Once again, the U.S. Citizenship & Immigration Services (USCIS) is looking to raise filing fees for immigration and naturalization applications and petitions. The USCIS published a Notice of Proposed Rule Making in the Federal Register on February 1, 2007, which lists the proposed fee increases and the reasons behind them. The USCIS says the increased fees will help pay for the rising cost of processing applications and petitions, which the USCIS attributes partly to stricter security measures and new immigration requirements.
The proposal affects employment-based, nonimmigrant categories, including H-1B and L-1 visas; family- and employment-based immigration petitions; and naturalization cases.
The sixty-day comment period for the proposal ends on April 2, 2007. Fees will stay the same at least until that date. The USCIS will need to review and consider the comments before sending the proposed fee increases to the Office of Management and Budget (OMB) for review. Because fees may increase after the sixty-day comment period ends, petitioners and applicants should try to file their forms before April 2, 2007.
Anyone may post their comments on the fee increases through the Federal eRulemaking Portal (http://www.regulations.gov/fdmspublic/component/main) or via mail or hand-delivery in hardcopy, disk, or CD-ROM form, addressed to: Director, Management Division, U.S. Citizenship and Immigration Services, Department of Homeland Security, 111 Massachusetts Avenue, NW, 3rd Floor, Washington D.C. 20529.
Comments will be available to the public here. Do not include any personal information unless you are willing to share it. Comments must be received by April 2, 2007 and must reference the agency name (U.S. Citizenship and Immigration Services) and the docket number (USCIS-2006-0044).
Operation Return to Sender Puts Undocumented Immigrants on Edge
There are an estimated 12 million undocumented immigrants in the United States. Many of them are here simply because their home countries do not have jobs for them or do not have jobs that pay them enough to feed their families. Between 2000 and 2005, for example, Mexico lost 900,000 rural jobs and 700,000 industry jobs. Although Congress has been debating immigration reform, there is still no temporary worker program for aliens unlawfully present in the United States. In the meantime, the U.S. government is mostly focused on catching and deporting illegal immigrants.
On May 26, 2006, the U.S. Immigration & Customs Enforcement (ICE) began an enforcement campaign that supposedly targets the “worst of the worst”: 590,000 illegal immigrants who have been classified as “fugitive aliens” (foreign nationals who either failed to appear for an Immigration Court hearing or ignored an Immigration Judge’s orders to depart the United States). ICE estimates that 50,000 to 75,000 fugitive aliens are also "criminal aliens" who were convicted of local, state or federal offenses. ICE notes that its main targets include criminal aliens convicted of a controlled substance offense, firearms offense, offense against a minor, disorderly conduct, and driving under the influence with prior convictions.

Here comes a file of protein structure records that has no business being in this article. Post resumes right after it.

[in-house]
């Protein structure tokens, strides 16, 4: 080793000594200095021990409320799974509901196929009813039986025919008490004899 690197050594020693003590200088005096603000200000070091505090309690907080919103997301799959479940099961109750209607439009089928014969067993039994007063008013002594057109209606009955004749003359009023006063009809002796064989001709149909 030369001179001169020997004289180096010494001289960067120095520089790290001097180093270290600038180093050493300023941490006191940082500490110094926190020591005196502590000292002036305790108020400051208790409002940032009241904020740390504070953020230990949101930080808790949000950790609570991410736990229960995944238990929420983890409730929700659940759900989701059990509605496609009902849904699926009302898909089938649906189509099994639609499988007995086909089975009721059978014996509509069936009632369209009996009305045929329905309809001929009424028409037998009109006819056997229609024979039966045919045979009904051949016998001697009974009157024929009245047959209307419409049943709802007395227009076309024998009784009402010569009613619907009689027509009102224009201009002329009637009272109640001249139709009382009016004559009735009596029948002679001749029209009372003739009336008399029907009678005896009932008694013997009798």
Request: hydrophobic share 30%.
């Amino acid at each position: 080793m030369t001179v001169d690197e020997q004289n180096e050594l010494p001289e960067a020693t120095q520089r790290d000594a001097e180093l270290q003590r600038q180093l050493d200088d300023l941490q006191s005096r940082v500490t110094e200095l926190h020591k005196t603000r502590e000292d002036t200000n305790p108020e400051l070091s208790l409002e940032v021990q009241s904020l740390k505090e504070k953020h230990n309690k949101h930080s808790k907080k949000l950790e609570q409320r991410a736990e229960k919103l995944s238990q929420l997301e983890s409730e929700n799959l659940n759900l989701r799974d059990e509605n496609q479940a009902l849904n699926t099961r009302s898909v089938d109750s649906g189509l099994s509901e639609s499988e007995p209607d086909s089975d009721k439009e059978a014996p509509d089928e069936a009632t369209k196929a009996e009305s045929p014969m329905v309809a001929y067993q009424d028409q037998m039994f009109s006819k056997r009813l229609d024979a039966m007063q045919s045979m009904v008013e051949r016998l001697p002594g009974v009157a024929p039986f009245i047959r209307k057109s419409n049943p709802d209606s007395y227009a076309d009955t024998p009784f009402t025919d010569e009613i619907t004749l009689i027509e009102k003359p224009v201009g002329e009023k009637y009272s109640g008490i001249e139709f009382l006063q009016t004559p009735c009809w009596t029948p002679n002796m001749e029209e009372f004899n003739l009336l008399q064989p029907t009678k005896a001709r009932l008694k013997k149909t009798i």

Since its inception, the enforcement campaign – known as Operation Return to Sender – has resulted in the indiscriminate arrests of nearly 14,000 undocumented workers throughout the United States. Although some are fugitive aliens or criminal aliens, many of them have no problems with the law or immigration authorities. Therefore, while the primary goal is to catch the “worst of the worst”, ICE does not give passes to those who do not have lawful status or who have never been convicted of a criminal offense. In a recent federal raid at six Swift & Co meat-processing plants, 1,282 people were arrested for immigration violations. Only 65 were also charged with identify theft or other criminal charges.
Operation Return to Sender subjects every undocumented person to arrest, detention and removal from the United States. Because no temporary worker program exists, the enforcement campaign has put undocumented workers on the edge. The increased risk of living in the United States without lawful status makes it even more important to seek advice from an experienced immigration attorney on your immigration options.
Legalizing Status – A Catch-22 Situation
This year, immigration advocates hope for comprehensive immigration reform that would allow more undocumented immigrants to obtain lawful status in the United States. The present immigration laws, however, make it difficult for foreign nationals who entered the United States illegally to become permanent residents.
Even if they share a bona fide marriage with a U.S. citizen and have children with the citizen, foreign nationals who entered the United States illegally may not adjust to lawful permanent resident status (unless they qualify for an exception, such as having a Form I-130 petition pending on their behalf before April 30, 2001). Instead, in most cases, they must leave the country to obtain an immigrant visa at a consulate abroad.
The problem is that when they leave the United States, they could trigger a three-year, ten-year or permanent bar to re-entering the country because of their prior illegal entry and unlawful presence. So, departing the U.S. to consular process for permanent residence is a catch-22 situation for many undocumented immigrants. To obtain an immigrant visa, they must prove that their petitioning spouse or parent would suffer extreme hardship if they were not allowed to return to the United States. This is otherwise known as the “hardship waiver,” which we will discuss in a future article.